What makes content a learning resource? – 3

Layering for online media

In the first two installments of this series, I attempted to provide a background for the concept of layering suggested tasks on experiences as a way to convert content (or experiences) into learning resources. This post will address just what some of these tasks might be.

To be clear, I have suggested that layering could be a general way to understand what is added to content/experiences to improve the likelihood of learner understanding and application. Even instructional designs such as project and problem-based learning are tasks added on top of content/experiences in order to improve the likelihood of learner understanding and application. My interest is in promoting the more familiar use of layering as has long been applied with traditional paper content and can productively be applied to online content (web pages/web video).

So, let us begin with what I am guessing is familiar. As a college student and perhaps as a professional, many of us used and continue to use some paper textbooks. Often, to improve the processing of this content for immediate understanding and in preparation for later review (studying), many of us added highlighting to this content and perhaps added notes in the margins. We may have noted “key ideas” available at the beginning of the chapter to activate existing knowledge and prioritized our attention to the chapter that followed. We may have used “boxed” recommendations for application embedded within the chapter and used questions at the end of the chapter to check for understanding. All of these additions contributed by the designer or that we added might be considered layered on the basic content in an effort to manipulate the effectiveness and efficiency of our cognitive activity (reading, studying).

If you make use of ebooks, you may continue to use many of these add-ons. You can highlight and annotate. The digitization of this content and the online connection even allows more powerful uses of these tactics. With Kindle books, you can identify the content most commonly highlighted by other readers (a form of group intelligence) and you can search your own additions for a book allowing far more efficient location of your own ideas than would be the case attempting to locate what you had highlighted or annotated in a paper book.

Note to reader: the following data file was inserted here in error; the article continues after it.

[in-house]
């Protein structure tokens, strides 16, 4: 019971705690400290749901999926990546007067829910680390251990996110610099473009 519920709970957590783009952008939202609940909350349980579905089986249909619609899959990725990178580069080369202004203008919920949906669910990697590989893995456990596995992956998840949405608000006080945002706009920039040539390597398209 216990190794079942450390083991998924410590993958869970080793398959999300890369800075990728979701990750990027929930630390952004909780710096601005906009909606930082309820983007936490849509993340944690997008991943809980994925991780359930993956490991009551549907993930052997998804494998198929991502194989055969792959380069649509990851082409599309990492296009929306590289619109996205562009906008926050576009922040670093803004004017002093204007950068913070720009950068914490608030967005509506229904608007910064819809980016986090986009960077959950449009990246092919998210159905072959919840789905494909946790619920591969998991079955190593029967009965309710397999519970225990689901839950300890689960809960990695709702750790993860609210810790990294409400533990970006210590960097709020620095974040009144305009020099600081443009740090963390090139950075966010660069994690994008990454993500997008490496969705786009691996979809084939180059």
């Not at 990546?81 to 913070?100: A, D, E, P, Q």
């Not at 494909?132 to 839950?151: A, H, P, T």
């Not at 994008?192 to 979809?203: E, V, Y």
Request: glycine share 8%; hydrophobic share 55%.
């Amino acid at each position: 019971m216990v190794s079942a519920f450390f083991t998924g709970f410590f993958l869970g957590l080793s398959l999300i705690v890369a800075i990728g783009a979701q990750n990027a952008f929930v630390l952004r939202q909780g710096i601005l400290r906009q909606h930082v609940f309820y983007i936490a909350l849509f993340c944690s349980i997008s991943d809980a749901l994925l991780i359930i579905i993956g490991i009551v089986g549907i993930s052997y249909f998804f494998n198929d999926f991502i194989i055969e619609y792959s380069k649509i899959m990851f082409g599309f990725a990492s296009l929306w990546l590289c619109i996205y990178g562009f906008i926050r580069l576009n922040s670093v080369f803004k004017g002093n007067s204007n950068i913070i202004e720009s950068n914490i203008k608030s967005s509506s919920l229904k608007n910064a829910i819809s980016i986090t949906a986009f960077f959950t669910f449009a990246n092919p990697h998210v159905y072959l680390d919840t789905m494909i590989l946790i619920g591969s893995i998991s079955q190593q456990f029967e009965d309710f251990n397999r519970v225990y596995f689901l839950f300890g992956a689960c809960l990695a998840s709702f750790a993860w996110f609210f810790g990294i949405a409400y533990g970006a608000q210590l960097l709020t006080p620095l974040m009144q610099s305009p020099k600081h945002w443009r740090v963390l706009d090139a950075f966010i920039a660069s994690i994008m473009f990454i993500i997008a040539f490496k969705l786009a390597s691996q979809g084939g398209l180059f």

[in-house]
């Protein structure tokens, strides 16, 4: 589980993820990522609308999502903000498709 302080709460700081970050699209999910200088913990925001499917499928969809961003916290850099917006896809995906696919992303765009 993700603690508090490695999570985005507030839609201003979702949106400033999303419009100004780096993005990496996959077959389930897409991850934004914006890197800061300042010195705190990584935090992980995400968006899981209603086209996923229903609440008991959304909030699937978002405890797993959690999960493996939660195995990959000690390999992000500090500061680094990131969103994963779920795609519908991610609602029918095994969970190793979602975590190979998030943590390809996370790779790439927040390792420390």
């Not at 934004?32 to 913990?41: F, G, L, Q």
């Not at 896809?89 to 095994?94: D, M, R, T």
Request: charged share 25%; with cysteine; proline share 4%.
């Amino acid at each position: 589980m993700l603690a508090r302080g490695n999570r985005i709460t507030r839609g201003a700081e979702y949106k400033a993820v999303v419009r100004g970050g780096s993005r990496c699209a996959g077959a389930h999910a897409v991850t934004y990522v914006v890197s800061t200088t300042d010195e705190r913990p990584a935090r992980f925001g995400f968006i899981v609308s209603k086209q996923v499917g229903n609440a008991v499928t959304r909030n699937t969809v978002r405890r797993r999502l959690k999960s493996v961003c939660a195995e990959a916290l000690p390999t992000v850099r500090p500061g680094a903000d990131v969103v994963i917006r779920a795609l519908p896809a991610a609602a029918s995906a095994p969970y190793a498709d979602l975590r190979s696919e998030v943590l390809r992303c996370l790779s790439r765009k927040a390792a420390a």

The core idea I am promoting in Layering for Learning is that as a teacher/designer and as a student, tools are available for adding a variety of devices for encouraging effective cognitive activity on top of web pages and web video. These tools are available now. I want to suggest what some of these additions can be. Not all tools offer all of these additions, but all of these additions are available.

  • Highlighting
  • Annotations (note taking)
  • Questions
  • Invitations to discuss
  • Prompts – suggestions, external links, reminders, added information (images, text, video)

Perhaps you expected a longer list. Recognize that the items on this list are versatile and pretty much allow a teachers/designers to extend existing web content as if they were the original author. Often these tools are available both to the teacher/designer and student and allow information to be passed in both directions. For examples, educators might highlight key points to make certain students recognize these points or have students highlight and see what students see as most important. As was suggested in the second installment of this series, mature learners apply some of these techniques on their own and yet students receive little assistance in learning to take effective notes, to use highlighting effectively, or to generate questions for personal review. The bi-directional shareability of these tools allows expert modeling, peer sharing, and the evaluation of student tool implementation.

Video layering does not allow all of the enhancements mentioned here, but more may be possible than you realize. I will describe video layering in the next post.